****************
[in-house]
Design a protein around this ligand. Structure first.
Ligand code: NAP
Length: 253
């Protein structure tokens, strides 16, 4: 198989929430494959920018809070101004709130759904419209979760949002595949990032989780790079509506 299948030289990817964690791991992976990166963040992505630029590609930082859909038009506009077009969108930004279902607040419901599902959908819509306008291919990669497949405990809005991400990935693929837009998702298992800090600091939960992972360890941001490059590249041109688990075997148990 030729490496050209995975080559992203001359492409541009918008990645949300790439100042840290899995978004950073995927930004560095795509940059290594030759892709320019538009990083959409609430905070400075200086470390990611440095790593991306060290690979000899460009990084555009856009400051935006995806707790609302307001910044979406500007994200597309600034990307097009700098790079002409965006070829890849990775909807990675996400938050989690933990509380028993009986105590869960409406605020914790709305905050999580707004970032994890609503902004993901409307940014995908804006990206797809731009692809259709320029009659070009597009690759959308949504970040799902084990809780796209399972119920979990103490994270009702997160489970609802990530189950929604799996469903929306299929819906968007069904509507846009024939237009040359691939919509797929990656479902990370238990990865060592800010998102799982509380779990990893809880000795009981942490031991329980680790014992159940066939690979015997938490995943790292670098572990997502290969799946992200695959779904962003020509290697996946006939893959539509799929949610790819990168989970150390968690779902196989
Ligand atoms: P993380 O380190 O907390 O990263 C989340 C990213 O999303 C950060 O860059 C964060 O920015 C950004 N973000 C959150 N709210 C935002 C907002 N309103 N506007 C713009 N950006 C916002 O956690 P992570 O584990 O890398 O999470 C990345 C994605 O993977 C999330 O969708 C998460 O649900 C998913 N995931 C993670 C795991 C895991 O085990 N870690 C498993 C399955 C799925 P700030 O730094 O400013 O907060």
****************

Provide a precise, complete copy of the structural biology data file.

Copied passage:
[in-house]
Design a protein around this ligand. Structure first.
Ligand code: NAP
Length: 253
């Protein structure tokens, strides 16, 4: 198989929430494959920018809070101004709130759904419209979760949002595949990032989780790079509506 299948030289990817964690791991992976990166963040992505630029590609930082859909038009506009077009969108930004279902607040419901599902959908819509306008291919990669497949405990809005991400990935693929837009998702298992800090600091939960992972360890941001490059590249041109688990075997148990 030729490496050209995975080559992203001359492409541009918008990645949300790439100042840290899995978004950073995927930004560095795509940059290594030759892709320019538009990083959409609430905070400075200086470390990611440095790593991306060290690979000899460009990084555009856009400051935006995806707790609302307001910044979406500007994200597309600034990307097009700098790079002409965006070829890849990775909807990675996400938050989690933990509380028993009986105590869960409406605020914790709305905050999580707004970032994890609503902004993901409307940014995908804006990206797809731009692809259709320029009659070009597009690759959308949504970040799902084990809780796209399972119920979990103490994270009702997160489970609802990530189950929604799996469903929306299929819906968007069904509507846009024939237009040359691939919509797929990656479902990370238990990865060592800010998102799982509380779990990893809880000795009981942490031991329980680790014992159940066939690979015997938490995943790292670098572990997502290969799946992200695959779904962003020509290697996946006939893959539509799929949610790819990168989970150390968690779902196989
Ligand atoms: P993380 O380190 O907390 O990263 C989340 C990213 O999303 C950060 O860059 C964060 O920015 C950004 N973000 C959150 N709210 C935002 C907002 N309103 N506007 C713009 N950006 C916002 O956690 P992570 O584990 O890398 O999470 C990345 C994605 O993977 C999330 O969708 C998460 O649900 C998913 N995931 C993670 C795991 C895991 O085990 N870690 C498993 C399955 C799925 P700030 O730094 O400013 O907060």